1. World War II Radar Listening Stations
    With shipping losses on the increase in 1942, the South African military erected two small aerials that projected a narrow radar beam capable of detecting German U-Boats rounding the peninsula. Remnants of these and other military structures – including a canon on Kanonkop used to warn Simon’s Town of approaching vessels – are still visible at locations throughout Cape Point.
  1. The Flying Dutchman
    Legend has it that ghost ship the Flying Dutchman haunts the oceans surrounding Cape Point, unable to make port and doomed to sail the turbulent seas for eternity. One of the earliest reported sightings of the Flying Dutchman Funicular came from King George V in 1881, but several Simon’s Town residents claim to have seen the ship in more recent years. While the myth likely has its roots in 17th-century nautical folklore, these days you can sail to the foot of the old lighthouse in the funicular of the same name.

Credit: capepoint.co.za

6 sept 16

Rugged rocks and sheer cliffs towering more than 200 m above the sea and cutting deep into the ocean provide a spectacular background for the Parks’ rich bio-diversity. Cape Point falls within the southern section of Table Mountain National Park. The natural vegetation of the area, fynbos, comprises the smallest but richest of the world’s six floral kingdoms. The scenic beauty of Cape Point is not its sole allure; it is also an international icon of great historical interest with many a visitor drawn to the area because of its rich maritime history.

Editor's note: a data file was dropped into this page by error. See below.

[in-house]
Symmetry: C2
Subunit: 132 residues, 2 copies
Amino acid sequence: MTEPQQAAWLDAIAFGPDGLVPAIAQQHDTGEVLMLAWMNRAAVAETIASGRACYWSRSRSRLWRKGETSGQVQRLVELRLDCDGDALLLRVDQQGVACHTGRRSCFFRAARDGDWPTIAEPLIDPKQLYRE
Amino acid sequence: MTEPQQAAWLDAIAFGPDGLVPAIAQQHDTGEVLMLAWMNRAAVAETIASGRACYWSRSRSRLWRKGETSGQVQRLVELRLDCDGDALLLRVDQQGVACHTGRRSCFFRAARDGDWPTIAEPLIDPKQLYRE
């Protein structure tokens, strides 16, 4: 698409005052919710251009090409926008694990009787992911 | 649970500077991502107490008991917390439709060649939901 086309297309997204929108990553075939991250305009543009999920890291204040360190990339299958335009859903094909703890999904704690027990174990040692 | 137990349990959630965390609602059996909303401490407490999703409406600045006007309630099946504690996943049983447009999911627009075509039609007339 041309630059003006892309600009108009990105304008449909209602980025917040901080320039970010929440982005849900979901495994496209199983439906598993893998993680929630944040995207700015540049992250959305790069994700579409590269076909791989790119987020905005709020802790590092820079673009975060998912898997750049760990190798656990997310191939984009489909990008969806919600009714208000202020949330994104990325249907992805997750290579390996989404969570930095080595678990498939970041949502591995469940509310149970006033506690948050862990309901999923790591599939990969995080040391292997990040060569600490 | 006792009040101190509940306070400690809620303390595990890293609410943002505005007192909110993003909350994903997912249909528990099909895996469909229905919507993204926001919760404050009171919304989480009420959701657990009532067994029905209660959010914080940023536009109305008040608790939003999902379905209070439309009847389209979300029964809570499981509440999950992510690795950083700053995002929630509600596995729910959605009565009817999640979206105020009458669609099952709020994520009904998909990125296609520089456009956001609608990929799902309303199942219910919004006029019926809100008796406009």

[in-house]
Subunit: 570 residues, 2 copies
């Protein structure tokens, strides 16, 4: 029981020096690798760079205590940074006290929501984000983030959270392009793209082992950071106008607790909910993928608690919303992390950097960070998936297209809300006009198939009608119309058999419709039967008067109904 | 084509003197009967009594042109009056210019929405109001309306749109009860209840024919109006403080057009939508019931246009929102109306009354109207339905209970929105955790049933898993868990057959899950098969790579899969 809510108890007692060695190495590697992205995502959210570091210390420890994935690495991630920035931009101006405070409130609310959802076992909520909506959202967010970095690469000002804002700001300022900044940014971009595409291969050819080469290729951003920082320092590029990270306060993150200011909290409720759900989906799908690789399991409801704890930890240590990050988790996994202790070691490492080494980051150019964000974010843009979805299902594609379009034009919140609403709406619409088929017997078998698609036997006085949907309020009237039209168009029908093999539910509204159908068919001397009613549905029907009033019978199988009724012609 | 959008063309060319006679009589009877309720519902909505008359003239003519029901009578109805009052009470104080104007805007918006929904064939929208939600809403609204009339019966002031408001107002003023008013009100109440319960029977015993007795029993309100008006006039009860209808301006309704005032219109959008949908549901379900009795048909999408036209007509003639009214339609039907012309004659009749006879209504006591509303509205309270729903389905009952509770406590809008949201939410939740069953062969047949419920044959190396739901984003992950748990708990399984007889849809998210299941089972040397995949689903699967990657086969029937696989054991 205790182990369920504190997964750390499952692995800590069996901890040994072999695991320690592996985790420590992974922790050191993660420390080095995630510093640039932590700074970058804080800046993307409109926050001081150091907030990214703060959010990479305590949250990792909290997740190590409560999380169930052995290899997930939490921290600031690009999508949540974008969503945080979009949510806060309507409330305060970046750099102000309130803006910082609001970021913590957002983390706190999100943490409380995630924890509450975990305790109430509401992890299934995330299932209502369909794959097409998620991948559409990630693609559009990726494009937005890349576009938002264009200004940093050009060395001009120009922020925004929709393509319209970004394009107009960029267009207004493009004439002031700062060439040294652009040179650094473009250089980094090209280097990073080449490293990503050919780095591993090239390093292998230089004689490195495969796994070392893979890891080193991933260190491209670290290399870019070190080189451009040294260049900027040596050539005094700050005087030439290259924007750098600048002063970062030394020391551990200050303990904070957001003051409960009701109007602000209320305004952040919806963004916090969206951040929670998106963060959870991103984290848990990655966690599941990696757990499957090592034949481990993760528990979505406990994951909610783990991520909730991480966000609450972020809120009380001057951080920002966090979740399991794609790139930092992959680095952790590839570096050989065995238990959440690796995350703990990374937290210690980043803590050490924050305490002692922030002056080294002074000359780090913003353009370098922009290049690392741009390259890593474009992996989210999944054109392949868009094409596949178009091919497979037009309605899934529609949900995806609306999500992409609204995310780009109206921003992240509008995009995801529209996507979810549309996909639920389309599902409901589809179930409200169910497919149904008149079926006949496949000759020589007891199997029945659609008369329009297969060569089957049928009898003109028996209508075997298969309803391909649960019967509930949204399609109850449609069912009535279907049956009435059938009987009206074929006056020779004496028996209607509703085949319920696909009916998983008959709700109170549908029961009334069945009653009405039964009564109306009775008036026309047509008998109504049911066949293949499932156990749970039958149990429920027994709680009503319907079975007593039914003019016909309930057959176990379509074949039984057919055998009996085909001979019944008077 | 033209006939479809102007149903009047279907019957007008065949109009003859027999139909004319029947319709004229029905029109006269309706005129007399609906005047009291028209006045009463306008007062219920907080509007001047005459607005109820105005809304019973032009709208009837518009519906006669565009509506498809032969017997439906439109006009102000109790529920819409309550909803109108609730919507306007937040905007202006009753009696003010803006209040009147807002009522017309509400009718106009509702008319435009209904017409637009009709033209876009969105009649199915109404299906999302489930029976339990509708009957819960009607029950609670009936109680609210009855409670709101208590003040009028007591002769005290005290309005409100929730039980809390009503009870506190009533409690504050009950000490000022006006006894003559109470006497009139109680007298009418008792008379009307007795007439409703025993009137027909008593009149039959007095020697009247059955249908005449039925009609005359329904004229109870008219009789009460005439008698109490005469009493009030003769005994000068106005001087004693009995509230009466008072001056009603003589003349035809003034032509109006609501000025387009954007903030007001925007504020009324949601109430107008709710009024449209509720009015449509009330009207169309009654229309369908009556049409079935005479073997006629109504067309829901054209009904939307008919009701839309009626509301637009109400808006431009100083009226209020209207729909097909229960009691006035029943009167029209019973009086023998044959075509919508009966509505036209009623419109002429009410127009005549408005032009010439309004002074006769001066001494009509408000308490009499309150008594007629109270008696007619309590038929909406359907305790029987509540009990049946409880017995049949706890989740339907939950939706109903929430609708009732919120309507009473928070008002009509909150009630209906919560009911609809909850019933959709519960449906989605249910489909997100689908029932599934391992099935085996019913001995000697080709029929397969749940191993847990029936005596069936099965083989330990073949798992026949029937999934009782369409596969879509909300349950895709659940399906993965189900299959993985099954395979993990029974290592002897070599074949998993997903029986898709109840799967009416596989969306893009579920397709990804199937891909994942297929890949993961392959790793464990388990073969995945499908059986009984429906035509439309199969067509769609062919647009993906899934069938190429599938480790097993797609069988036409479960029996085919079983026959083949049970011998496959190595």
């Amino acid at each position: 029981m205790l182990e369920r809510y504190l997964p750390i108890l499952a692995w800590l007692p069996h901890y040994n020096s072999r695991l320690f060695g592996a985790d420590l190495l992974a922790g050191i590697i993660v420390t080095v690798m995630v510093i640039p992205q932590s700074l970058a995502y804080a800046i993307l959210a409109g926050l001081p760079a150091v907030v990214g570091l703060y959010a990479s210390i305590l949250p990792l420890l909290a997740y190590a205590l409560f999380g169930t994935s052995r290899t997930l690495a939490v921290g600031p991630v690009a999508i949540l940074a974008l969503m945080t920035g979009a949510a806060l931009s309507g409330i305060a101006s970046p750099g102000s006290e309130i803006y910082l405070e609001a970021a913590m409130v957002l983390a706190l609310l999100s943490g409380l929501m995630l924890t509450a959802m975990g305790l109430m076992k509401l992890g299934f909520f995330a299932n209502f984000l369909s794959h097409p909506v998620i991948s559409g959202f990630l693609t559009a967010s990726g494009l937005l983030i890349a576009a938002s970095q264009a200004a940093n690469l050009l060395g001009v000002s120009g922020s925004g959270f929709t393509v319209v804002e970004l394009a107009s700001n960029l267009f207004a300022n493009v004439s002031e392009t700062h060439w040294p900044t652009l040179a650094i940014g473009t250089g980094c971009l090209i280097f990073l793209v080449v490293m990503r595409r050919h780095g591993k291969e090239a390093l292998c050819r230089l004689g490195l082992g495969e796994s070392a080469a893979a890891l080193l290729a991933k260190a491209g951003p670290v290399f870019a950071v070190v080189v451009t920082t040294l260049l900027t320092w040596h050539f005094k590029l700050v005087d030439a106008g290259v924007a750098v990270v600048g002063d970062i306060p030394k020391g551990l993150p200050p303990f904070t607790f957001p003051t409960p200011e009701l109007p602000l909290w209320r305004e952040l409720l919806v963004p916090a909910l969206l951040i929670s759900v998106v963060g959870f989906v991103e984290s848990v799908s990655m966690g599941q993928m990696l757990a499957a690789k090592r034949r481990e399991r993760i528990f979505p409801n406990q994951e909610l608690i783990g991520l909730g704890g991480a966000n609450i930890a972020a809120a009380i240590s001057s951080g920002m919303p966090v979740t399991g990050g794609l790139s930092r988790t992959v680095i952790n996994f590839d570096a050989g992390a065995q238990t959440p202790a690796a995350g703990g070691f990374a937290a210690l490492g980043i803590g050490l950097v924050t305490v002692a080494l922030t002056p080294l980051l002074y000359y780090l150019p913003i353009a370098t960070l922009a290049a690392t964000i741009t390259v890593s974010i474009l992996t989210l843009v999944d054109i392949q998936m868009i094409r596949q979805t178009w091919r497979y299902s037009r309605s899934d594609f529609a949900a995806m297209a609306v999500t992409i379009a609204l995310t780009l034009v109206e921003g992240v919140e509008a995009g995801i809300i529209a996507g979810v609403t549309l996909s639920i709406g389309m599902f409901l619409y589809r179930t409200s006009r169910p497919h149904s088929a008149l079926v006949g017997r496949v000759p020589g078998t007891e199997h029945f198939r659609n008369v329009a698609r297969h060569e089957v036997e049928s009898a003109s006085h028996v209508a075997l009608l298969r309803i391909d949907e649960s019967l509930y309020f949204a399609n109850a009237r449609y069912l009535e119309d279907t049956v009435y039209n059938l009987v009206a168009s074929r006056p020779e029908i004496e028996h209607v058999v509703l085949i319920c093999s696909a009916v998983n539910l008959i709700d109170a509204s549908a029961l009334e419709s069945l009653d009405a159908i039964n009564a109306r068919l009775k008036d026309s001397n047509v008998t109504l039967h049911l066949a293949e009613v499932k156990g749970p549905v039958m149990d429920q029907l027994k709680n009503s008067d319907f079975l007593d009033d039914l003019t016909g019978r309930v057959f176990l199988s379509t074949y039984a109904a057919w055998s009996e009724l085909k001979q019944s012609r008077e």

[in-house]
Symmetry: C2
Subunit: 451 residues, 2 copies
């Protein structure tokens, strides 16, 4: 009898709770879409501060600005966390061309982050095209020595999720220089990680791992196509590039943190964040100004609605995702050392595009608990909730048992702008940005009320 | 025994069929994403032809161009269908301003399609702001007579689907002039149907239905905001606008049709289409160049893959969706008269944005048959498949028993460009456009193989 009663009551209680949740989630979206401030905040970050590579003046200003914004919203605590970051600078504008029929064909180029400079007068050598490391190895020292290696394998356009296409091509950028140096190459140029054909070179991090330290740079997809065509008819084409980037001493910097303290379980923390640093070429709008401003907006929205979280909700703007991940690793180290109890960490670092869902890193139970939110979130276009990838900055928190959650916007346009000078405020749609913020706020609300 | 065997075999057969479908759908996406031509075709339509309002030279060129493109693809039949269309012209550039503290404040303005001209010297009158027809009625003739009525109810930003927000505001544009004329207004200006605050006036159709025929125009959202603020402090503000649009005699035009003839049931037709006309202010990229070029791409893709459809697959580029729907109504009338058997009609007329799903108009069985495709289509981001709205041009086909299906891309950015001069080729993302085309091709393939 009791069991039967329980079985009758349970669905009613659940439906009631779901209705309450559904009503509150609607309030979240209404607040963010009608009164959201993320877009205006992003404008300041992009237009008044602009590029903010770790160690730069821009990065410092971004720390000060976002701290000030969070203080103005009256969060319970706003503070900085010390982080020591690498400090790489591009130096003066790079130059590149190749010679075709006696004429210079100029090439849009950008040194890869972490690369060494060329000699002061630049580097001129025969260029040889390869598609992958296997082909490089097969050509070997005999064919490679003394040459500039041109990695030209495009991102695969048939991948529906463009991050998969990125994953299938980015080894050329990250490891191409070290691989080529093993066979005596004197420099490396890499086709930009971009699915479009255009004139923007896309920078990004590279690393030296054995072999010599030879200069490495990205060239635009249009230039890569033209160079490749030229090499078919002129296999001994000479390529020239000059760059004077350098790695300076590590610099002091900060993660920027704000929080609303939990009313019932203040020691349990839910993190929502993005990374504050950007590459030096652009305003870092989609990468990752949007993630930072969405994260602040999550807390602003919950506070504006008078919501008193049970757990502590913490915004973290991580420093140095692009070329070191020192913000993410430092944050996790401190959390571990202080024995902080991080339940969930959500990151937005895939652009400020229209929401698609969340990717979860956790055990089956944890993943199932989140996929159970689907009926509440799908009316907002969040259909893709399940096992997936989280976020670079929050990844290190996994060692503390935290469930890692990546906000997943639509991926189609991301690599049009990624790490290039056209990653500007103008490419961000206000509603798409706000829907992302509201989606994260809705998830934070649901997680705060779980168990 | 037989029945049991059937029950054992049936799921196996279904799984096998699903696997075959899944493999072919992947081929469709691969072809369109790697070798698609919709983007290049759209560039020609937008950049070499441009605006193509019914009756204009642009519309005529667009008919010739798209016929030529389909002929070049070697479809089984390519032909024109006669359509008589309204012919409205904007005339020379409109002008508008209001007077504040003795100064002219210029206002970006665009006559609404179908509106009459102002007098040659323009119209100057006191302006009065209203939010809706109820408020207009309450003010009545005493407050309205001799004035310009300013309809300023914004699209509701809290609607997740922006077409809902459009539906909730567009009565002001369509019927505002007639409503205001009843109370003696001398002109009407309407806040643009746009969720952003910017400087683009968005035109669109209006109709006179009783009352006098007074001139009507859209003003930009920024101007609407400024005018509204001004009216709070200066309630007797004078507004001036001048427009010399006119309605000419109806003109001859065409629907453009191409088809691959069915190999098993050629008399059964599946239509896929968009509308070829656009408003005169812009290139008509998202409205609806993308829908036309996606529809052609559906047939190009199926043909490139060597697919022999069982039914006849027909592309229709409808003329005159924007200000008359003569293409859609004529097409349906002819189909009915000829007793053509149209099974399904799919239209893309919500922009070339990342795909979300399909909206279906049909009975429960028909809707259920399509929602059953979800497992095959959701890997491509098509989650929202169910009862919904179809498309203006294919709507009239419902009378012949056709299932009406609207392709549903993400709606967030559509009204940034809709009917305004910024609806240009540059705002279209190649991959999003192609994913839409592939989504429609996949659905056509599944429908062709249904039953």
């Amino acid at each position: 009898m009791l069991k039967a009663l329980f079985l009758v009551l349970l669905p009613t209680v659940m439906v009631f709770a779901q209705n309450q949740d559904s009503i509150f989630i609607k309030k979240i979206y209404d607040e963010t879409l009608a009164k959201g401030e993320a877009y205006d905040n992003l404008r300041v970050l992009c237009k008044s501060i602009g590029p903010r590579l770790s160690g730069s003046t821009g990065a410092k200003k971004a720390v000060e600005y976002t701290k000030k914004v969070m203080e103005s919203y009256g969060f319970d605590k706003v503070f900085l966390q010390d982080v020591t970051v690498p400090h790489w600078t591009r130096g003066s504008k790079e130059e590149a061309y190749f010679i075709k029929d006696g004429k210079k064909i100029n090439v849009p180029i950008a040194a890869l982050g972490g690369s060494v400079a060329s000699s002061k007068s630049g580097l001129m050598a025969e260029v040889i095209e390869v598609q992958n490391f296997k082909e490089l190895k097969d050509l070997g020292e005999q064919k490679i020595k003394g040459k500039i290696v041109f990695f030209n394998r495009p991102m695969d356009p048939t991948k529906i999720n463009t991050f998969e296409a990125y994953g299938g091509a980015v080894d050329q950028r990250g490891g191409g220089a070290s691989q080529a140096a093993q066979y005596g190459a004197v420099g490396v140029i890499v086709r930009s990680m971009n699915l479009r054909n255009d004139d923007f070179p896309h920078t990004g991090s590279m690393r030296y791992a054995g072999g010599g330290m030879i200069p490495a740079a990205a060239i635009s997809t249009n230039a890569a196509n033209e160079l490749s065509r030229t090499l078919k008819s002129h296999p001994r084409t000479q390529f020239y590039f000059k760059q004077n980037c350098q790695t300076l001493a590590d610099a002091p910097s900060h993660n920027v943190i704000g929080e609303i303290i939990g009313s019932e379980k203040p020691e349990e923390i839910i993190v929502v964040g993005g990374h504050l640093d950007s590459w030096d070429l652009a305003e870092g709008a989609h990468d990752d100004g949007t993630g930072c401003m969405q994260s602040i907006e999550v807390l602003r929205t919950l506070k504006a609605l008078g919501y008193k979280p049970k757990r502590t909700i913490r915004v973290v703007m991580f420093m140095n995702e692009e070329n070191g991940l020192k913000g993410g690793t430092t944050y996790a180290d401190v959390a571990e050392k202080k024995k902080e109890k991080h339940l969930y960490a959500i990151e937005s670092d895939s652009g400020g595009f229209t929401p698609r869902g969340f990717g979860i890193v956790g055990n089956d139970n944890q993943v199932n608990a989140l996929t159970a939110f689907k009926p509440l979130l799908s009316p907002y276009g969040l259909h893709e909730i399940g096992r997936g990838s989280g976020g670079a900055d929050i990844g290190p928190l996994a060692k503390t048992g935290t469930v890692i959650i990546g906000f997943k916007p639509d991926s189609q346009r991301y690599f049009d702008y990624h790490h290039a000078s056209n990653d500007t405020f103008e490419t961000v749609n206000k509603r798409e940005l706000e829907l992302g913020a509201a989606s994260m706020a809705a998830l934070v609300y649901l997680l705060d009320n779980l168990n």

cape-point-lighthouse

The new lighthouse is at a lower elevation (87 meters; 285.5 feet above sea level), for two reasons: the old lighthouse, located at 34°21′14″S 18°29′25″E, could be seen ‘too early’ by ships rounding the point towards the east, causing them to approach too closely. Secondly, foggy conditions often prevail at the higher levels, making the older lighthouse invisible to shipping. On 18 April 1911, the Portuguese liner Lusitania was wrecked just south of Cape Point at34°23′22″S 18°29′23″E on Bellows Rock for precisely this reason, prompting the relocation of the lighthouse.

Cape_Point_Lighthouse_1_380_570_80

The new lighthouse, located at 34°21′26″S 18°29′49″E, cannot be seen from the West until ships are at a safe distance to the South.

attraction-cape-point

Dramatically surrounded by sheer craggy cliffs, Diaz Beach is situated right at the tip of Cape Point on the western side. It deserves its reputation as one of the most scenically stunning Cape Town beaches. Access to this beach is down a series of wooden stairs and only takes about 20 minutes.Swimming on this beach can be dangerous. Diaz Beach can produce excellent waves with a North Westerly wind and the right swell direction. Surfers love it for its big, hollow, closeout barrels. Photographers love it for its awesome beauty and many moods. Couples love it for romantic beach walks.